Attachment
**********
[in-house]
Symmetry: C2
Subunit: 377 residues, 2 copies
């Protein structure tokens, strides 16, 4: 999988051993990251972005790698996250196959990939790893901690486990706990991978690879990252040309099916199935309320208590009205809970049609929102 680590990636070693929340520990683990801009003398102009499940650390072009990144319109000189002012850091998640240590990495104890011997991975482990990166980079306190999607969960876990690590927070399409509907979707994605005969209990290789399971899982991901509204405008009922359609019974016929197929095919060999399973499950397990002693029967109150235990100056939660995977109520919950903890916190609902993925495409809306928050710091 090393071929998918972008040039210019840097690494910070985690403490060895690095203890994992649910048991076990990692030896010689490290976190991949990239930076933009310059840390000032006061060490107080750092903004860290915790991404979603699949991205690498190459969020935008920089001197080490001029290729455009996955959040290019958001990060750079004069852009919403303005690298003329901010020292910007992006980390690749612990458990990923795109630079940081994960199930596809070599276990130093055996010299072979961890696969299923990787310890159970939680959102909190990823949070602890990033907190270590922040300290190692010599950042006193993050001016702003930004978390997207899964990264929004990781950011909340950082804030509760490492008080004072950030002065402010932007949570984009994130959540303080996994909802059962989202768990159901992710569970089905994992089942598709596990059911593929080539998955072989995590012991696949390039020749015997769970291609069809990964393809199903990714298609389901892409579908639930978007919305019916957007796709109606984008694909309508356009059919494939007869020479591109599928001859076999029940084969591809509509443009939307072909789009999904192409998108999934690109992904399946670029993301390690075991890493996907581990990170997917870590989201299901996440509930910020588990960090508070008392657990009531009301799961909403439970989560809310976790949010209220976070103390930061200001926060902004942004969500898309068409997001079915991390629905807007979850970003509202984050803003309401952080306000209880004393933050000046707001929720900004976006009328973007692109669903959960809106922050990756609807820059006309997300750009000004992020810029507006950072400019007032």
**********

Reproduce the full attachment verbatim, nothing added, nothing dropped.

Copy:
[in-house]
Symmetry: C2
Subunit: 377 residues, 2 copies
């Protein structure tokens, strides 16, 4: 999988051993990251972005790698996250196959990939790893901690486990706990991978690879990252040309099916199935309320208590009205809970049609929102 680590990636070693929340520990683990801009003398102009499940650390072009990144319109000189002012850091998640240590990495104890011997991975482990990166980079306190999607969960876990690590927070399409509907979707994605005969209990290789399971899982991901509204405008009922359609019974016929197929095919060999399973499950397990002693029967109150235990100056939660995977109520919950903890916190609902993925495409809306928050710091 090393071929998918972008040039210019840097690494910070985690403490060895690095203890994992649910048991076990990692030896010689490290976190991949990239930076933009310059840390000032006061060490107080750092903004860290915790991404979603699949991205690498190459969020935008920089001197080490001029290729455009996955959040290019958001990060750079004069852009919403303005690298003329901010020292910007992006980390690749612990458990990923795109630079940081994960199930596809070599276990130093055996010299072979961890696969299923990787310890159970939680959102909190990823949070602890990033907190270590922040300290190692010599950042006193993050001016702003930004978390997207899964990264929004990781950011909340950082804030509760490492008080004072950030002065402010932007949570984009994130959540303080996994909802059962989202768990159901992710569970089905994992089942598709596990059911593929080539998955072989995590012991696949390039020749015997769970291609069809990964393809199903990714298609389901892409579908639930978007919305019916957007796709109606984008694909309508356009059919494939007869020479591109599928001859076999029940084969591809509509443009939307072909789009999904192409998108999934690109992904399946670029993301390690075991890493996907581990990170997917870590989201299901996440509930910020588990960090508070008392657990009531009301799961909403439970989560809310976790949010209220976070103390930061200001926060902004942004969500898309068409997001079915991390629905807007979850970003509202984050803003309401952080306000209880004393933050000046707001929720900004976006009328973007692109669903959960809106922050990756609807820059006309997300750009000004992020810029507006950072400019007032």